While this invention has been described with respect to at least one embodiment, the present invention can be further modified within the spirit and scope of this disclosure. This application is therefore intended to cover any variations, uses, or adaptations of the invention using its general principles. Further, this application is intended to cover such departures from the present disclosure as come within known or customary practice in the art to which this invention pertains and which fall within the limits of the appended claims.

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Reference
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Classifications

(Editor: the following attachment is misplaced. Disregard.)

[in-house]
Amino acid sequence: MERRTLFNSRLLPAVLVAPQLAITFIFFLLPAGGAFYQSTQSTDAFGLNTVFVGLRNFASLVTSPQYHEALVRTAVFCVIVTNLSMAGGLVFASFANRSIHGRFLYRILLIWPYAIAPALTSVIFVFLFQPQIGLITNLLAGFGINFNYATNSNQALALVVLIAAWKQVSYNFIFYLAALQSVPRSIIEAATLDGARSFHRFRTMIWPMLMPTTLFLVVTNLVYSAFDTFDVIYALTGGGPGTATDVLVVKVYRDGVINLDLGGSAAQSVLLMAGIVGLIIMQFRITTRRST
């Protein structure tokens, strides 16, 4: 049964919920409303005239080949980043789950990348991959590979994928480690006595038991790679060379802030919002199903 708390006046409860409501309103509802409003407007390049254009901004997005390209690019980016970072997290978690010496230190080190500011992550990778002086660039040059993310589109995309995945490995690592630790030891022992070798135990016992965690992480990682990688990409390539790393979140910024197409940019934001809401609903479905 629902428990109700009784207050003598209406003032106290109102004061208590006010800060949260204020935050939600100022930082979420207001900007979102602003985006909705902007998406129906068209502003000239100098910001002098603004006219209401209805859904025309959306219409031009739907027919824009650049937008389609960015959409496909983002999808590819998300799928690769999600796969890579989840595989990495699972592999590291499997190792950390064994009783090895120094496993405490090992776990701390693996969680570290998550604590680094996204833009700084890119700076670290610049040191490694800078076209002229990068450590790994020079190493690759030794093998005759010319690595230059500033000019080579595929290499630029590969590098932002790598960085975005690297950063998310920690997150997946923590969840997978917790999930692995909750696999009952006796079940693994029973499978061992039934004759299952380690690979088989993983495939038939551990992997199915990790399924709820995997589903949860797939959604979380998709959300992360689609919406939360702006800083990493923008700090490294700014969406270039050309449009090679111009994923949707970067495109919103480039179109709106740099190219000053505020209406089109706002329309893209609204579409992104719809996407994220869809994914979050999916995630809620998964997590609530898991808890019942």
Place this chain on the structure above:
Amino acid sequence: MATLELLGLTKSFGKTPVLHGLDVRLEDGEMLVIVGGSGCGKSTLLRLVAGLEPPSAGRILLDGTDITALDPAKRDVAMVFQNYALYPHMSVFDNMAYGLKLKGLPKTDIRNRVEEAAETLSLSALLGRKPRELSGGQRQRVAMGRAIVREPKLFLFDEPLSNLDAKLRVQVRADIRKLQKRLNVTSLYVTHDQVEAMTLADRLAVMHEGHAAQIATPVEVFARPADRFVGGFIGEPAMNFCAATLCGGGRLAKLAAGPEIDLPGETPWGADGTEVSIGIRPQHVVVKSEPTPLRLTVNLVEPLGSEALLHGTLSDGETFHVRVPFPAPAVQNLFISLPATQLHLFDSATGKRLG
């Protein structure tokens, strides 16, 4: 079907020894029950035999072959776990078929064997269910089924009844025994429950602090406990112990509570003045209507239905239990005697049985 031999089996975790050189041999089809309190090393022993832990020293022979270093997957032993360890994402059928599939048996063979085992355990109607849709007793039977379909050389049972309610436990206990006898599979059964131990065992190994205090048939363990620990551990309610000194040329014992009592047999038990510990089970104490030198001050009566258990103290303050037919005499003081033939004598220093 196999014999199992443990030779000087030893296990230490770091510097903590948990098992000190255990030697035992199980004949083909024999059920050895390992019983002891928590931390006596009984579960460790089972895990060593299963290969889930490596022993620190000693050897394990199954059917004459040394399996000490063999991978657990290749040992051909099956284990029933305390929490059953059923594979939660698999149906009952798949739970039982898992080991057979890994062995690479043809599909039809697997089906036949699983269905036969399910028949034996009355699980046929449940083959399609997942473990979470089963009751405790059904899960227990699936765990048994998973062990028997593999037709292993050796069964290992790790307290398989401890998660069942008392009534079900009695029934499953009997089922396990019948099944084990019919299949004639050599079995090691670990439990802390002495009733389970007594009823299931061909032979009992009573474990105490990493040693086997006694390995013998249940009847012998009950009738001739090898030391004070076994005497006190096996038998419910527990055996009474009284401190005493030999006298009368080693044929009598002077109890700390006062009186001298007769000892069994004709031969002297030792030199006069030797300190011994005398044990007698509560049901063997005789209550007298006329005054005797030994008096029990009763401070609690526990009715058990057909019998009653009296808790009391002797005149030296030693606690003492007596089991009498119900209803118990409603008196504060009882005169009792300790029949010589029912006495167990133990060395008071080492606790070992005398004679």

U.S. Classification180/65.225, 180/65.23, 180/65.235, 180/65.7
International ClassificationB60K6/442, B60K6/445
Cooperative ClassificationB60K6/365, B60K6/26, F16H47/085, B60K6/40, B60K6/48, B60Y2200/14, B60K6/405, B60K6/547, Y02T10/6221
European ClassificationB60K6/547, B60K6/405, B60K6/40, B60K6/48, F16H47/08B, B60K6/365, B60K6/26
Legal Events
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Sep 23, 2013FPAYFee payment
Year of fee payment: 4
Aug 4, 2009ASAssignment
Owner name: VOITH PATENT GMBH, GERMANY
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Effective date: 20090702
Owner name: VOITH PATENT GMBH,GERMANY
Free format text: ASSIGNMENT OF ASSIGNORS INTEREST;ASSIGNOR:ROSE, PETER;US-ASSIGNMENT DATABASE UPDATED:20100406;REEL/FRAME:23049/474